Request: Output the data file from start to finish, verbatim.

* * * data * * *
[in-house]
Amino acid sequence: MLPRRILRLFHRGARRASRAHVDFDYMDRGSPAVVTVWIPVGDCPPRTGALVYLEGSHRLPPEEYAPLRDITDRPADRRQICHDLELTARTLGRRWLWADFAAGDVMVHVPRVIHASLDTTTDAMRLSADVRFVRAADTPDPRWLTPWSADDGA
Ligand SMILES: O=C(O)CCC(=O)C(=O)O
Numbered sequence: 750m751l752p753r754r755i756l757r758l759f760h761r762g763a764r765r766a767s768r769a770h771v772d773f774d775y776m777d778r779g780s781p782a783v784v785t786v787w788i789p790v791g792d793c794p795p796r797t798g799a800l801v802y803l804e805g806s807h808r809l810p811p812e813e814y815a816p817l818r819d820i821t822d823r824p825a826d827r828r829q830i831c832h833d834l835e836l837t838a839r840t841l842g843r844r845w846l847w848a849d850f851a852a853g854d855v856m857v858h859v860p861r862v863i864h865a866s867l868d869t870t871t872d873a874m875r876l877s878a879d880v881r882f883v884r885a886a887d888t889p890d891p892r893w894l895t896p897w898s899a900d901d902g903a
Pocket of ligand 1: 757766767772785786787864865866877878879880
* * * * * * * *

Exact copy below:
[in-house]
Amino acid sequence: MLPRRILRLFHRGARRASRAHVDFDYMDRGSPAVVTVWIPVGDCPPRTGALVYLEGSHRLPPEEYAPLRDITDRPADRRQICHDLELTARTLGRRWLWADFAAGDVMVHVPRVIHASLDTTTDAMRLSADVRFVRAADTPDPRWLTPWSADDGA
Ligand SMILES: O=C(O)CCC(=O)C(=O)O
Numbered sequence: 750m751l752p753r754r755i756l757r758l759f760h761r762g763a764r765r766a767s768r769a770h771v772d773f774d775y776m777d778r779g780s781p782a783v784v785t786v787w788i789p790v791g792d793c794p795p796r797t798g799a800l801v802y803l804e805g806s807h808r809l810p811p812e813e814y815a816p817l818r819d820i821t822d823r824p825a826d827r828r829q830i831c832h833d834l835e836l837t838a839r840t841l842g843r844r845w846l847w848a849d850f851a852a853g854d855v856m857v858h859v860p861r862v863i864h865a866s867l868d869t870t871t872d873a874m875r876l877s878a879d880v881r882f883v884r885a886a887d888t889p890d891p892r893w894l895t896p897w898s899a900d901d902g903a
Pocket of ligand 1: 757766767772785786787864865866877878879880